“An extra £10 million in the hands of the company founder…” were my concluding words after working through an example of a client who is currently reviewing their exit opportunities from the business they founded thirty years ago.

On the face of it, that sum would suggest a very high-value business, but in fact it wasn’t, it was a company, one of many hundreds in the south-west, which could quite easily command a trade value of £45 million.

In this case, the sole founder of the company had built a very successful business over many years. Modest dividends had been taken and a significant amount of excess cash remained (circa £5m) in the company. In our exploration of exit options (sale, family succession, MBO, venture capital etc) we touched on a sale to the employees. This was of clear interest and we considered it further.

We do this as a matter of course for three reasons. Firstly, many business owners express their affection and loyalty to the employees and want to make sure that they will do well once they have retired. Secondly, the process and the timing is all in the hands of the founder, meaning that it happens on their terms alone. Thirdly, we would almost certainly be negligent in not alerting them to the potential tax advantages of a sale to the employees through an employee buy out. 

I set out below a very basic overview of a trade sale versus an employee buy out. Professional advisers will know that there is much more to both, but the fundamental points are relevant.

Trade sale of the company:

  1. The company agreed to be sold by way of a trade sale for £45m on a cash-free/debt-free basis.
  2. Free cash of £5m in the company increases the consideration payable to £50m.
  3. Under a thorough due diligence exercise, the buyer finds several issues to argue over and demands a price deduction. While some owners hold their nerve, many find themselves browbeaten into a compromise. At this value, a £2m deduction would not be unusual.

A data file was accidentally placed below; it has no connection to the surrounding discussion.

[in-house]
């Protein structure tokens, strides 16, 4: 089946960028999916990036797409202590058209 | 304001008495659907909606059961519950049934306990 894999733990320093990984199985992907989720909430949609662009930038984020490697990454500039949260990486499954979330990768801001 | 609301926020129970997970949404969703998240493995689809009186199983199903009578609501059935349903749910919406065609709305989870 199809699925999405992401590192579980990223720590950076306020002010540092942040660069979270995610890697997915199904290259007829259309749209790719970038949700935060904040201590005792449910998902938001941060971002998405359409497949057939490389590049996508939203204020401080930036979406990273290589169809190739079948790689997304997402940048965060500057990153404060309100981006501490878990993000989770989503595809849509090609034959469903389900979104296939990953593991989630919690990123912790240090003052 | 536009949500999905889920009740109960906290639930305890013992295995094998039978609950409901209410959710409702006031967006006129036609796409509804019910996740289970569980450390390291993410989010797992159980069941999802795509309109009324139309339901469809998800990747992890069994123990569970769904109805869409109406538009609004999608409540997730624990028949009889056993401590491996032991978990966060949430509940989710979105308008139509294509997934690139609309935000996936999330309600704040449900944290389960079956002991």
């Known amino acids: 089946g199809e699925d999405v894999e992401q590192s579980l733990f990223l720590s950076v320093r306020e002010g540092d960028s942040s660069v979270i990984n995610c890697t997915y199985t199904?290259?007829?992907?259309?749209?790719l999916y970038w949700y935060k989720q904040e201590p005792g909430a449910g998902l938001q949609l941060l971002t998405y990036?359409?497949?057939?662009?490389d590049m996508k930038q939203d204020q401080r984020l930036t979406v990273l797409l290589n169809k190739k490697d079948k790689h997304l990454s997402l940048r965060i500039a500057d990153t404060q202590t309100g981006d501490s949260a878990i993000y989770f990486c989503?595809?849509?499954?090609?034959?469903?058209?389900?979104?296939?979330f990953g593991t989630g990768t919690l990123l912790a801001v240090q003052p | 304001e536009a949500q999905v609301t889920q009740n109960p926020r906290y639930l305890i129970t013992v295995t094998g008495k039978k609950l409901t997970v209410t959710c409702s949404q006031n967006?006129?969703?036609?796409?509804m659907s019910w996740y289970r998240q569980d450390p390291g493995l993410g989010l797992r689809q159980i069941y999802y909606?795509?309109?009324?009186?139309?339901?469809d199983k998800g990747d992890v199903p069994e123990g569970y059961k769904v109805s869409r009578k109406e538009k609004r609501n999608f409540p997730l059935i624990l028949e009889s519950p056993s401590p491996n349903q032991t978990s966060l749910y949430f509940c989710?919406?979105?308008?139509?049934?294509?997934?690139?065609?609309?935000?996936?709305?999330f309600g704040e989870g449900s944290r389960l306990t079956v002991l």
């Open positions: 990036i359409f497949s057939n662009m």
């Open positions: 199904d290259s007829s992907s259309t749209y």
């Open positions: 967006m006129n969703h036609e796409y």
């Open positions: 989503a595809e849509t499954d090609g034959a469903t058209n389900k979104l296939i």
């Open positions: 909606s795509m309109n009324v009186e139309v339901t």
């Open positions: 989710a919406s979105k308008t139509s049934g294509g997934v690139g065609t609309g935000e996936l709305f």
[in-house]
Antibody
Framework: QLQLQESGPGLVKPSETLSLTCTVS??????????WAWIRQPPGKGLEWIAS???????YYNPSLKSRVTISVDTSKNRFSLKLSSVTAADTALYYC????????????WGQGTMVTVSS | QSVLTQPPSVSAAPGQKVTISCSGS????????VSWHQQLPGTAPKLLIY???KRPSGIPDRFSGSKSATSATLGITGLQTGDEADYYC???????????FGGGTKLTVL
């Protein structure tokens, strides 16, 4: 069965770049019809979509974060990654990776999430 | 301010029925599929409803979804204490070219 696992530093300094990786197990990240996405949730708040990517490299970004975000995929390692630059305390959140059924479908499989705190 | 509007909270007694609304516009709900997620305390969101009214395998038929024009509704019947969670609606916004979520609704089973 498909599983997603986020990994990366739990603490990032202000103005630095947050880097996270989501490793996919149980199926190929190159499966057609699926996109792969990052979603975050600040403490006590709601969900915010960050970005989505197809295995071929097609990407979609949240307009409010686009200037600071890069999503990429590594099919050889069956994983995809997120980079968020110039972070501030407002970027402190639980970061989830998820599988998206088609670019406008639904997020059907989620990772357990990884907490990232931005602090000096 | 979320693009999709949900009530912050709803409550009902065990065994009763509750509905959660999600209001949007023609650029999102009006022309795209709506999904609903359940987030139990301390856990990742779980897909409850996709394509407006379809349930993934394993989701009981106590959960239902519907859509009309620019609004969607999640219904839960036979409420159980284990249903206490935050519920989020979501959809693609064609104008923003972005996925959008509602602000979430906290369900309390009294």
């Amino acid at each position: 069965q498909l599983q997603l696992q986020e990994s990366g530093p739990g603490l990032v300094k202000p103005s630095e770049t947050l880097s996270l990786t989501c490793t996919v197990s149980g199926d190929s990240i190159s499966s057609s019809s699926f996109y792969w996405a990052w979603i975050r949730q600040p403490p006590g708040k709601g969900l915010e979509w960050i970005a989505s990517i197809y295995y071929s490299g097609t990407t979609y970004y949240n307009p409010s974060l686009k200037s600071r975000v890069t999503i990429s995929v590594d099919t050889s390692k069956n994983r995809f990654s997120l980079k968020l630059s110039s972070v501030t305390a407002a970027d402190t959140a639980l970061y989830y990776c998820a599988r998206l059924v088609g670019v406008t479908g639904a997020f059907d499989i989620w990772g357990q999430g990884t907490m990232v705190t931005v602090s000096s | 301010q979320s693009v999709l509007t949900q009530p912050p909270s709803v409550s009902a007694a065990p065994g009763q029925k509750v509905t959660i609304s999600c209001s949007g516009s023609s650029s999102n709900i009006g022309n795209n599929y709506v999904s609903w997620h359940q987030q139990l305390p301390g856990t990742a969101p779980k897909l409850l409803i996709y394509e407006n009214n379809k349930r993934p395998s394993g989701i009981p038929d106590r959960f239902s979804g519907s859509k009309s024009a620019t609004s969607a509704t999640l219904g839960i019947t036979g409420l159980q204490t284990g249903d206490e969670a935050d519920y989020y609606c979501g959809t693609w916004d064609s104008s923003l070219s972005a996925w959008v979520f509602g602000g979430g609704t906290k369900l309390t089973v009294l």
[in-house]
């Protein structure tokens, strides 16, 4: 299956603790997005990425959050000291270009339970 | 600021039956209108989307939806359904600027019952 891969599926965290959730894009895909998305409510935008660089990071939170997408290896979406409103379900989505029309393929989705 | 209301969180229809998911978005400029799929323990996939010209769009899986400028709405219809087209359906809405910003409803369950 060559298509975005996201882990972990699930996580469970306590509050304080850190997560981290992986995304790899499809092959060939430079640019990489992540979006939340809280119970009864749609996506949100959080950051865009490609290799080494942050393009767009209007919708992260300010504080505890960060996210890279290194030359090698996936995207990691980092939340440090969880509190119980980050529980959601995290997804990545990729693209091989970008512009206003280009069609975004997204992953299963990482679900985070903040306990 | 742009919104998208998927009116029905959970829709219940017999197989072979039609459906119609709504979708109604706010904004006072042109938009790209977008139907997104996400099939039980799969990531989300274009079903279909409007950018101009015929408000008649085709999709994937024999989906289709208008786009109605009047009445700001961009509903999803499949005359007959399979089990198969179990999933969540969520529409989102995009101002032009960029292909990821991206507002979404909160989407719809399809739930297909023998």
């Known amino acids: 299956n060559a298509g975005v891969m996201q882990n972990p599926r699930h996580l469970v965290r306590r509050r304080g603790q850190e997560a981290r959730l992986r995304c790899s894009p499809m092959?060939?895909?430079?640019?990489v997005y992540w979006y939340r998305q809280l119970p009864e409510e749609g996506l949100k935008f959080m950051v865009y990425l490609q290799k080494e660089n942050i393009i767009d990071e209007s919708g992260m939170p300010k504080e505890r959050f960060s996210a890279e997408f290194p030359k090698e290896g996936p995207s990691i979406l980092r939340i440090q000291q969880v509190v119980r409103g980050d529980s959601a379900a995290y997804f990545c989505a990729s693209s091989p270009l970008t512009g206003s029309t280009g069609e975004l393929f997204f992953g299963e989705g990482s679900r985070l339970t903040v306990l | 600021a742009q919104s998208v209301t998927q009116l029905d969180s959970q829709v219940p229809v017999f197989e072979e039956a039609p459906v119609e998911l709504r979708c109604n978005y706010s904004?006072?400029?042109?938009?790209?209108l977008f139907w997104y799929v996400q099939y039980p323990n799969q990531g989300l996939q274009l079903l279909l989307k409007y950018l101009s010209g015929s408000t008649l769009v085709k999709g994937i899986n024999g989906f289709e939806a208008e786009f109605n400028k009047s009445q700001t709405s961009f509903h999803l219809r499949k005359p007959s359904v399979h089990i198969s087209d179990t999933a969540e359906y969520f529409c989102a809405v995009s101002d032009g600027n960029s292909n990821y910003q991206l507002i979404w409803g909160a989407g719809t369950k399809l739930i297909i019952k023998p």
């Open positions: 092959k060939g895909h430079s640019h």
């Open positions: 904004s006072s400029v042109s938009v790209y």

4. Sale completes. Deduct £1m representing 10% CGT based on Entrepreneur’s Relief from first £10m.
  5. Balance of sale proceeds: £38m. Deduct £7.6m representing 20% CGT on balance.
  6. Total net sums received by Founder £39.4 million

Now that is a significant sum of money, but so is the £10.6 million paid to tax and knocked off the sale price. Compare that with a sale to an Employee Ownership Trust on behalf of the employees:

  1. The sale price of £50m inclusive of free cash (no need to find a buyer).
  2. Much lighter due diligence process – price is unlikely to be chipped unless valuation does not hold up. No price adjustment deduction.
  3. Sale to EOT completes. Initial payment of £5m is made utilising free cash in the company. No CGT payable.
  4. Balance of £45m payable over 10 years, £4.5m per year free from tax.
  5. Total net sums received by Founder £50 million.

There are, of course, multiple variations that play out in a deal process, and certainly, a good corporate finance team will often be able to enhance the sale price by identifying synergies for the Buyer which cannot be argued in an MBO or employee buy out. Furthermore, the founder will have to wait for their payments in a sale to an EOT, though earnouts, deferred payments and warranty claims can also delay payments in a trade sale.

An EOT will not be suitable for each and every business, but for many owners, it often reveals itself as the succession strategy that suits them best. It allows for legacy, secures the employees, takes a lot of heat out of the process and potentially releases more money.